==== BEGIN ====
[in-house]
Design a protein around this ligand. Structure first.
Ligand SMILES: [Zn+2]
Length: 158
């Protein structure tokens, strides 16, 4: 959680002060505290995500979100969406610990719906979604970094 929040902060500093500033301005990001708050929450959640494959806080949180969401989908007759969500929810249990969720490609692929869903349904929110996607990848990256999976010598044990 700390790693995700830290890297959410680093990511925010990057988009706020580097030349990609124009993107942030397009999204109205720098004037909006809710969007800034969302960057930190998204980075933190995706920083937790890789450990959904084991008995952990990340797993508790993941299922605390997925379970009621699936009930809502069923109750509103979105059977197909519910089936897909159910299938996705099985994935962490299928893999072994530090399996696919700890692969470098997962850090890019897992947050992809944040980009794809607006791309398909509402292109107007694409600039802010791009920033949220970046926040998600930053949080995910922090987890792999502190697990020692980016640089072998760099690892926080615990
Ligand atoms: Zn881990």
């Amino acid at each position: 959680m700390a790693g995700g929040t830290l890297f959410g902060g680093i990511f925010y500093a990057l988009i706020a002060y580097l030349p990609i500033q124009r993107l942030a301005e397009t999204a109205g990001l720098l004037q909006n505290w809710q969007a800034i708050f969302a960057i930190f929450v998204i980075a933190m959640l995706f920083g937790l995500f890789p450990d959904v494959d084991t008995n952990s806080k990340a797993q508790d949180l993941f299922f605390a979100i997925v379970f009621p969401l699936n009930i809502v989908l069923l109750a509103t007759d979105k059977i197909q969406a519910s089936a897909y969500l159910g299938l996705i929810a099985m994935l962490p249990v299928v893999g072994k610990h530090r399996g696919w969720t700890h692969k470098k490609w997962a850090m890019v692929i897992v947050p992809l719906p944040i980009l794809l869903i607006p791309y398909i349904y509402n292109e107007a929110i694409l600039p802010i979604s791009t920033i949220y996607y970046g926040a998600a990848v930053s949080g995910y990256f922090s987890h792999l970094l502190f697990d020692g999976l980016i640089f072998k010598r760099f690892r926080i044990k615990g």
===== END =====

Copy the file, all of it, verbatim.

[in-house]
Design a protein around this ligand. Structure first.
Ligand SMILES: [Zn+2]
Length: 158
């Protein structure tokens, strides 16, 4: 959680002060505290995500979100969406610990719906979604970094 929040902060500093500033301005990001708050929450959640494959806080949180969401989908007759969500929810249990969720490609692929869903349904929110996607990848990256999976010598044990 700390790693995700830290890297959410680093990511925010990057988009706020580097030349990609124009993107942030397009999204109205720098004037909006809710969007800034969302960057930190998204980075933190995706920083937790890789450990959904084991008995952990990340797993508790993941299922605390997925379970009621699936009930809502069923109750509103979105059977197909519910089936897909159910299938996705099985994935962490299928893999072994530090399996696919700890692969470098997962850090890019897992947050992809944040980009794809607006791309398909509402292109107007694409600039802010791009920033949220970046926040998600930053949080995910922090987890792999502190697990020692980016640089072998760099690892926080615990
Ligand atoms: Zn881990």
């Amino acid at each position: 959680m700390a790693g995700g929040t830290l890297f959410g902060g680093i990511f925010y500093a990057l988009i706020a002060y580097l030349p990609i500033q124009r993107l942030a301005e397009t999204a109205g990001l720098l004037q909006n505290w809710q969007a800034i708050f969302a960057i930190f929450v998204i980075a933190m959640l995706f920083g937790l995500f890789p450990d959904v494959d084991t008995n952990s806080k990340a797993q508790d949180l993941f299922f605390a979100i997925v379970f009621p969401l699936n009930i809502v989908l069923l109750a509103t007759d979105k059977i197909q969406a519910s089936a897909y969500l159910g299938l996705i929810a099985m994935l962490p249990v299928v893999g072994k610990h530090r399996g696919w969720t700890h692969k470098k490609w997962a850090m890019v692929i897992v947050p992809l719906p944040i980009l794809l869903i607006p791309y398909i349904y509402n292109e107007a929110i694409l600039p802010i979604s791009t920033i949220y996607y970046g926040a998600a990848v930053s949080g995910y990256f922090s987890h792999l970094l502190f697990d020692g999976l980016i640089f072998k010598r760099f690892r926080i044990k615990g």